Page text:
From 15 October 2002, the Northern Ireland Assembly was suspended due to a breakdown in the Northern Ireland peace process but, on 13 October 2006, the British and Irish governments announced the St Andrews Agreement, a 'road map' to restore devolution to Northern Ireland. On 26 March 2007, Democratic Unionist Party (DUP) leader Ian Paisley met Sinn Féin leader Gerry Adams for the first time and together announced that a devolved government would be returning to Northern Ireland. The Executive was restored on 8 May 2007. Several policing and justice powers were transferred to the Assembly on 12 April 2010.
The 2007–2011 Assembly (the third since the 1998 Agreement) was dissolved on 24 March 2011 in preparation for an election to be held on Thursday 5 May 2011, this being the first Assembly since the Good Friday Agreement to complete a full term. The fifth Assembly convened in May 2016. That assembly dissolved on 26 January 2017, and an election for a reduced Assembly was held on 2 March 2017.
Ever since the Parliament of Scotland adjourned in 1707 as a result of the Acts of Union, individuals and organisations had advocated the return of a Scottish Parliament. The drive for home rule first took concrete shape in the 19th century, as demands for it in Ireland were met with similar (although not as widespread) demands in Scotland. The National Association for the Vindication of Scottish Rights was established in 1853, a body close to the Tories and motivated by a desire to secure more focus on Scottish problems in response to what they felt was undue attention being focused on Ireland by the then Liberal government. In 1871, William Ewart Gladstone stated at a meeting held in Aberdeen that if Ireland was to be granted home rule, then the same should apply to Scotland. A Scottish home rule bill was presented to the Westminster Parliament in 1913 but the legislative process was interrupted by the First World War.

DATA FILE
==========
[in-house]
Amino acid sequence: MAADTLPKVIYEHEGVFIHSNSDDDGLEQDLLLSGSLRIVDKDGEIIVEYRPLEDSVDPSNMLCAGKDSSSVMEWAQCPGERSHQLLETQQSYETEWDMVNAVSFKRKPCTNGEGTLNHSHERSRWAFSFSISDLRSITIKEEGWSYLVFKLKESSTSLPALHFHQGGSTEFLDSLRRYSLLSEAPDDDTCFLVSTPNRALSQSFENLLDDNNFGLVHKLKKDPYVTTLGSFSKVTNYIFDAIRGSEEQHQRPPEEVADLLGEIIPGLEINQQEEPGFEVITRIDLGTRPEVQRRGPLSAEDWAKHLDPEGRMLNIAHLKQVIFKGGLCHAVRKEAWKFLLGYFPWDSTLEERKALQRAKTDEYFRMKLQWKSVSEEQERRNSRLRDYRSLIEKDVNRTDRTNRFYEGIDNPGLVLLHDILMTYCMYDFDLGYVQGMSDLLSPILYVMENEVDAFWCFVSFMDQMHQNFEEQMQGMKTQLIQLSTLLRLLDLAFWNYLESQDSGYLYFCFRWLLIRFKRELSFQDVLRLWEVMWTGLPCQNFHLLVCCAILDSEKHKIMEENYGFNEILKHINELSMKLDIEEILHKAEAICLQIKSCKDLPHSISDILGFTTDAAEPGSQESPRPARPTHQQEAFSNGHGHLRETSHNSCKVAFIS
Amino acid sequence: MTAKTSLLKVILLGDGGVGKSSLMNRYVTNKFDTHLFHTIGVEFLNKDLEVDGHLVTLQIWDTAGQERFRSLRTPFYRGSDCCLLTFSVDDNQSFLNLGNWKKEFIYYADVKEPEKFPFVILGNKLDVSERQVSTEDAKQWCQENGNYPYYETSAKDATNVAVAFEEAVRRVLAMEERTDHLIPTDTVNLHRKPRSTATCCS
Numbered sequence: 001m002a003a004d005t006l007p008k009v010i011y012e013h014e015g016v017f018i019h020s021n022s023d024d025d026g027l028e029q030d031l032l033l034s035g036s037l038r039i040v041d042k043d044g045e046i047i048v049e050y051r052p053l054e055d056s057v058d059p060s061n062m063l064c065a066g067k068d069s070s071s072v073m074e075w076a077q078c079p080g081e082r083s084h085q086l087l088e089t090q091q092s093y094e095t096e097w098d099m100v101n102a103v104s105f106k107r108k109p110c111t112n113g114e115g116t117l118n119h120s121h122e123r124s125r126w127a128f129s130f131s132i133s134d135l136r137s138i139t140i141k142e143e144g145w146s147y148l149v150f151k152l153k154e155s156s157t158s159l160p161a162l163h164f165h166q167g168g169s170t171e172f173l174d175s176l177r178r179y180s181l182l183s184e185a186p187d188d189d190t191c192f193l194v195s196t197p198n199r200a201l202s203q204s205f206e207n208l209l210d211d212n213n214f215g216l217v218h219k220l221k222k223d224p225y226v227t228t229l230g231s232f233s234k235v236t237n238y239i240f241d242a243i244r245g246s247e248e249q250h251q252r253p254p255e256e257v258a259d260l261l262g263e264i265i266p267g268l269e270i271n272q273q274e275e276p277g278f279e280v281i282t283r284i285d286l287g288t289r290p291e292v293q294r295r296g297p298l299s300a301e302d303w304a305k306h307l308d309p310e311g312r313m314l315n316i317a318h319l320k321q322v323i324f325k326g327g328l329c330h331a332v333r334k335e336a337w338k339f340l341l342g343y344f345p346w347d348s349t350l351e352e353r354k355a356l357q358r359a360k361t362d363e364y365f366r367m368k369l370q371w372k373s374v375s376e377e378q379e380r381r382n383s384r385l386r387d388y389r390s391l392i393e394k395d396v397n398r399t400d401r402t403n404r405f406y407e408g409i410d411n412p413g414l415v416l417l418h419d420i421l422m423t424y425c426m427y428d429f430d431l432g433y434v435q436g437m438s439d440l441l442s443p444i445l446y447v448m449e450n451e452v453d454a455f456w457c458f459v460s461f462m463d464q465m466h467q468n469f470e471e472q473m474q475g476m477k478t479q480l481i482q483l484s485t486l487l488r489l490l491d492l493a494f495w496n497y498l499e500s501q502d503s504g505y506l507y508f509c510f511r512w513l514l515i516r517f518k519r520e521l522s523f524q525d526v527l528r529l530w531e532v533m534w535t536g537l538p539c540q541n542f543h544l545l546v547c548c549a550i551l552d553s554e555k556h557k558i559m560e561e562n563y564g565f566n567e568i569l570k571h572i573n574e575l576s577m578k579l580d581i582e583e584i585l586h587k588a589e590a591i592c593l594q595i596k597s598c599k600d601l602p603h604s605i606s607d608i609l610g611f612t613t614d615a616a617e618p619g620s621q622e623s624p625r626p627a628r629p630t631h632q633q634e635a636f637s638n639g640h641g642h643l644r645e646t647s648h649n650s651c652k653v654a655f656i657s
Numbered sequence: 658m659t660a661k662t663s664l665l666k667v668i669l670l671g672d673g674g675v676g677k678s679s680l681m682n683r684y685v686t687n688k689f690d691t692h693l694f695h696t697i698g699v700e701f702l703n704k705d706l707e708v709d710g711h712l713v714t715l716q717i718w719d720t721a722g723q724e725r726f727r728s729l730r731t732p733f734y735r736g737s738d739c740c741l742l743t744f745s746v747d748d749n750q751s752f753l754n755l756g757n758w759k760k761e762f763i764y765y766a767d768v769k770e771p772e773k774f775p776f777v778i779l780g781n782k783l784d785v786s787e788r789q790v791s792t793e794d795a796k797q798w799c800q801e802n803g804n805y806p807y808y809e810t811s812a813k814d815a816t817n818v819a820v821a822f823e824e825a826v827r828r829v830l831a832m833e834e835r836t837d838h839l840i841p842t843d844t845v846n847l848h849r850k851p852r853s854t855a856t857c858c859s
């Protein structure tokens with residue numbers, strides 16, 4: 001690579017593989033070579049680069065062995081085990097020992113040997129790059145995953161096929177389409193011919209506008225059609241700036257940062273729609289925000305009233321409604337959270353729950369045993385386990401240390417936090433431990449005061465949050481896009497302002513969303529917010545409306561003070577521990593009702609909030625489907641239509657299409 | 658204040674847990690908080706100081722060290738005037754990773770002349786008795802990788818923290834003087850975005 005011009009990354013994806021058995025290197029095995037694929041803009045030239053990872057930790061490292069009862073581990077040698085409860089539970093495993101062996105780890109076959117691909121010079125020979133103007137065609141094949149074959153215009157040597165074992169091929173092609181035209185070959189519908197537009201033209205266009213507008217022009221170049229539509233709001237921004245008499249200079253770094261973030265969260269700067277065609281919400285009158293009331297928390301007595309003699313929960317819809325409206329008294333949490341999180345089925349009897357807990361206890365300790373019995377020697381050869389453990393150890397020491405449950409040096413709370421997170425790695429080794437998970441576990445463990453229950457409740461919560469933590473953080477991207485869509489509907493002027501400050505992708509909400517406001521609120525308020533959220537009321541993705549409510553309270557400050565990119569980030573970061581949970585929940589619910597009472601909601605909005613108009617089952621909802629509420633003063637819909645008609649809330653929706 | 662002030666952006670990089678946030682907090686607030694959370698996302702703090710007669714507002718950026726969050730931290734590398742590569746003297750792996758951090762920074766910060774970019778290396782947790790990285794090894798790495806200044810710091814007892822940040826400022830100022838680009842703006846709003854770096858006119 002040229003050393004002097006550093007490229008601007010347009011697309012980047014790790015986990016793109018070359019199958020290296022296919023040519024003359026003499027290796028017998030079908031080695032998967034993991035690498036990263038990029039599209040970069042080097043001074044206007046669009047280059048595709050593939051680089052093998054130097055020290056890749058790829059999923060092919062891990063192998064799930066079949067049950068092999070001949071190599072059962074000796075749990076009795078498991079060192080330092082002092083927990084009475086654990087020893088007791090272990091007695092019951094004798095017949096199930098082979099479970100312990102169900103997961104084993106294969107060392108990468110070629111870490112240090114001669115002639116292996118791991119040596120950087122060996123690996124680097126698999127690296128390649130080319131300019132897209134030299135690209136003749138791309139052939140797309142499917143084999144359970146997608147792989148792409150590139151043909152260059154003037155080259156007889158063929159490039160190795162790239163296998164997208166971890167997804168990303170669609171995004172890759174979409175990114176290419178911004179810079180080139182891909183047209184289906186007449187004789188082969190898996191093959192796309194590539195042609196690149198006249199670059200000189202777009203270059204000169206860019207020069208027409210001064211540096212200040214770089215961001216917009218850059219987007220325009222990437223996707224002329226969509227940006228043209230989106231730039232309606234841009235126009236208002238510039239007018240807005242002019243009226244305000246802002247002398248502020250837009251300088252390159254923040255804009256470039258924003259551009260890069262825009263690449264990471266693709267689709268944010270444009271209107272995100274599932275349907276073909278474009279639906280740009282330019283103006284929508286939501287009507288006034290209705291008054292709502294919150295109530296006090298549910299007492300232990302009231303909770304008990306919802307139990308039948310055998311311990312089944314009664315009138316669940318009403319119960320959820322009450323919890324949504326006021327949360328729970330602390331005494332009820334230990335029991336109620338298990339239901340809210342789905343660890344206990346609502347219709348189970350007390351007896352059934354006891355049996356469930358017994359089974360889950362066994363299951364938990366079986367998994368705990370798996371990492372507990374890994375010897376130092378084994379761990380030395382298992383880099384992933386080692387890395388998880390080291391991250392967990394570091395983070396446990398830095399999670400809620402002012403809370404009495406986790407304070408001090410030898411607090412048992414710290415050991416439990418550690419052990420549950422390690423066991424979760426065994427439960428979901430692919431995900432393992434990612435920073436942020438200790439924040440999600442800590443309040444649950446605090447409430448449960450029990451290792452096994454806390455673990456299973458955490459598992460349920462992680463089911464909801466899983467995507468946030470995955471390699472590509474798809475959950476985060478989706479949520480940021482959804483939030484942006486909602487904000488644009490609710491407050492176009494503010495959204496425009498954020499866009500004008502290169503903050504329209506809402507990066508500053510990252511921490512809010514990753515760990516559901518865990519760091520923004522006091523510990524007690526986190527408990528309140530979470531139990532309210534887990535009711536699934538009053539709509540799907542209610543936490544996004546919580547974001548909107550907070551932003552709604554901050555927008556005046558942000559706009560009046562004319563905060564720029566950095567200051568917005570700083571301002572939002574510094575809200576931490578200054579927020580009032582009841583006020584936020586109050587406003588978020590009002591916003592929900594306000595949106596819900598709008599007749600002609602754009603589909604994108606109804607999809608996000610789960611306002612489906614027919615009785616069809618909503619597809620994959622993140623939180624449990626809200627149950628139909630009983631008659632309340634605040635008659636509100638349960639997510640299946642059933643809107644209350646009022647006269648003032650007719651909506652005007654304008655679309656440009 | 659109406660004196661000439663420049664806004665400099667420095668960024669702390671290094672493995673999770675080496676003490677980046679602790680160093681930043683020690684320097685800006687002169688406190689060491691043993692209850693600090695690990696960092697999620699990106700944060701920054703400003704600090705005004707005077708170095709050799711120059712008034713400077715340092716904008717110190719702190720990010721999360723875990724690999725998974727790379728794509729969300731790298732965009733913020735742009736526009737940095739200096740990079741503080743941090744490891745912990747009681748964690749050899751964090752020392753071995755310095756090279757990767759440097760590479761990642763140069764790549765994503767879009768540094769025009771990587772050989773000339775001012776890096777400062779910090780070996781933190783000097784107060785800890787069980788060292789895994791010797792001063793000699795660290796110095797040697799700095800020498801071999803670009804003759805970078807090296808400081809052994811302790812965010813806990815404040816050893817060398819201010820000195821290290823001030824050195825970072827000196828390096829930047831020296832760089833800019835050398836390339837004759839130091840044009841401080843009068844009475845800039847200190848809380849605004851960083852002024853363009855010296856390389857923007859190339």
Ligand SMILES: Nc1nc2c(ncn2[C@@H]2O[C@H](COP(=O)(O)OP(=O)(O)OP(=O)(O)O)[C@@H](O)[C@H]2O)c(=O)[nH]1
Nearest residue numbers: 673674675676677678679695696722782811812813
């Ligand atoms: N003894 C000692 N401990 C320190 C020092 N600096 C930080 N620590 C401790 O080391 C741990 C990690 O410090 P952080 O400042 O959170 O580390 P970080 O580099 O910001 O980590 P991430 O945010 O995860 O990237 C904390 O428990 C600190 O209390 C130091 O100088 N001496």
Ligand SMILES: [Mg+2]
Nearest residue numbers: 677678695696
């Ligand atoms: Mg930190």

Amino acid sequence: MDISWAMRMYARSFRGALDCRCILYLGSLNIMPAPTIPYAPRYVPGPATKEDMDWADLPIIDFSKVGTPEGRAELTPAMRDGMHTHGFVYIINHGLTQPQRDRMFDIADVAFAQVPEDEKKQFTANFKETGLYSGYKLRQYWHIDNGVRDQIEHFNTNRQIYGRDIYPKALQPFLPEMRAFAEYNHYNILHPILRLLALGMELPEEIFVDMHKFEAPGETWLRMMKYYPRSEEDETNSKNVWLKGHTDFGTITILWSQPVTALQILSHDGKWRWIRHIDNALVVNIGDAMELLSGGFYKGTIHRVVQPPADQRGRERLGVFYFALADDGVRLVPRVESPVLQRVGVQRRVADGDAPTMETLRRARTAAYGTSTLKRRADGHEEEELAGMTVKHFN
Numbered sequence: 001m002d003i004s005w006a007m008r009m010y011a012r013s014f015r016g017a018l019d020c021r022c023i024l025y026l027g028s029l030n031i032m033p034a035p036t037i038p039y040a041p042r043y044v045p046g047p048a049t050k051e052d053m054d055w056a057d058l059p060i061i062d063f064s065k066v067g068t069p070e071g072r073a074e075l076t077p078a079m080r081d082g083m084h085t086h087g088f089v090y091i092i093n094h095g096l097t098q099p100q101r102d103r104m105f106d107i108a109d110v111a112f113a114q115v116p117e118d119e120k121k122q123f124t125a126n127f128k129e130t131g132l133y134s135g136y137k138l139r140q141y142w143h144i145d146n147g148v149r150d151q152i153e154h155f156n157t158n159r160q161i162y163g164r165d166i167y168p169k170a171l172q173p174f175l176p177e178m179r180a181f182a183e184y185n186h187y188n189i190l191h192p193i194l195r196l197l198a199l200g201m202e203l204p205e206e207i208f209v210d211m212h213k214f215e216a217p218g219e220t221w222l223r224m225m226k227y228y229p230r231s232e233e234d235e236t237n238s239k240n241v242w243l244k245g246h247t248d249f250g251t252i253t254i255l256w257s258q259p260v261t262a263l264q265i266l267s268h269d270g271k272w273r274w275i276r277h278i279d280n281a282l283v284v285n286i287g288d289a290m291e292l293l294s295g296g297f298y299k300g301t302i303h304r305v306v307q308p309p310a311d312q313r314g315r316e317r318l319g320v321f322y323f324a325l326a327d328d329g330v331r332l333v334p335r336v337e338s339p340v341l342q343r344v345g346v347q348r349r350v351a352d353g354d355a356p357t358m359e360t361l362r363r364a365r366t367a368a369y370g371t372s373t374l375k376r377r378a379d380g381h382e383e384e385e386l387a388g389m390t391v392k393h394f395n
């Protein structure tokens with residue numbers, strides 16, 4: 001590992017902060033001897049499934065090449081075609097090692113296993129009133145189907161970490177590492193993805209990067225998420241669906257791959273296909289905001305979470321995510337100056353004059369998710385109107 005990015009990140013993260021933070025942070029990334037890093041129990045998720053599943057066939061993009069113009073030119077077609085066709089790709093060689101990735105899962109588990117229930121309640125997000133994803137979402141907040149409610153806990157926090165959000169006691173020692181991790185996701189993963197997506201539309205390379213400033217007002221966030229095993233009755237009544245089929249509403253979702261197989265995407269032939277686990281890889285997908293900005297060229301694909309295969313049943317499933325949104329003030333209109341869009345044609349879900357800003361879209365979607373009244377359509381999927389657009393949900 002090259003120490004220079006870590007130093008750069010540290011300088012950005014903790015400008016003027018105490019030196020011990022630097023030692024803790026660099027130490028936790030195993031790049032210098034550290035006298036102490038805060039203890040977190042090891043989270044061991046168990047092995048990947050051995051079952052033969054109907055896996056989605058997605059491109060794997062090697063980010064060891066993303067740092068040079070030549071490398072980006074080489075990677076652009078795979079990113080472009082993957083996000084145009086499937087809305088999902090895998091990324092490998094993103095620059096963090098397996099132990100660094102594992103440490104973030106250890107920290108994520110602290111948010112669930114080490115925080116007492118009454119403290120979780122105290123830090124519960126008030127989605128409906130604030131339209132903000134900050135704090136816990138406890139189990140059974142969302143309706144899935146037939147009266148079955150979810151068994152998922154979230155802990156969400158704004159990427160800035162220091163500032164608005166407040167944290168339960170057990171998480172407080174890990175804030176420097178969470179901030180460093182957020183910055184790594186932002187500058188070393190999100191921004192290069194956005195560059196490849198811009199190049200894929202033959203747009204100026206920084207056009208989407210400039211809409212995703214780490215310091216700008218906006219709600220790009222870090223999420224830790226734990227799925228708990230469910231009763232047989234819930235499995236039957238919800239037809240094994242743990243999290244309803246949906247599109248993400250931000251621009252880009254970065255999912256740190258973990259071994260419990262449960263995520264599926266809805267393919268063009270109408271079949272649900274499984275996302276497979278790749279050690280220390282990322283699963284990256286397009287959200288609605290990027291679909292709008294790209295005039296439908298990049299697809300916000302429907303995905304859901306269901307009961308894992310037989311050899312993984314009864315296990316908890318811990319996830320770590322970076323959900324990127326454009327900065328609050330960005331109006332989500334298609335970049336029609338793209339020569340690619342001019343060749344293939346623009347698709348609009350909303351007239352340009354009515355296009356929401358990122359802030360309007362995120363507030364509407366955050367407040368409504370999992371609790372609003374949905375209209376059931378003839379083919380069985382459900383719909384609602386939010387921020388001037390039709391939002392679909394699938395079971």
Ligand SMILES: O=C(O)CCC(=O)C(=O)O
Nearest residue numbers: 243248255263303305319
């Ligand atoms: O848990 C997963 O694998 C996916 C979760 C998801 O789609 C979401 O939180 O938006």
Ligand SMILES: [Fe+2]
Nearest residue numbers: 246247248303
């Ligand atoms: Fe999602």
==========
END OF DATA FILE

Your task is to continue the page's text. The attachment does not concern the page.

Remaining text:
The demands for political change in the way in which Scotland was run changed dramatically in the 1920s when Scottish nationalists started to form various organisations. The Scots National League was formed in 1920 in favour of Scottish independence, and this movement was superseded in 1928 by the formation of the National Party of Scotland, which became the Scottish National Party (SNP) in 1934. At first the SNP sought only the establishment of a devolved Scottish assembly, but in 1942 they changed this to support all-out independence. This caused the resignation of John MacCormick from the SNP and he formed the Scottish Covenant Association. This body proved to be the biggest mover in favour of the formation of a Scottish assembly, collecting over two million signatures in the late 1940s and early 1950s and attracting support from across the political spectrum. However, without formal links to any of the political parties it withered, devolution and the establishment of an assembly were put on the political back burner.
Harold Wilson's Labour government set up a Royal Commission on the Constitution in 1969, which reported in 1973 to Ted Heath's Conservative government. The Commission recommended the formation of a devolved Scottish assembly, but was not implemented.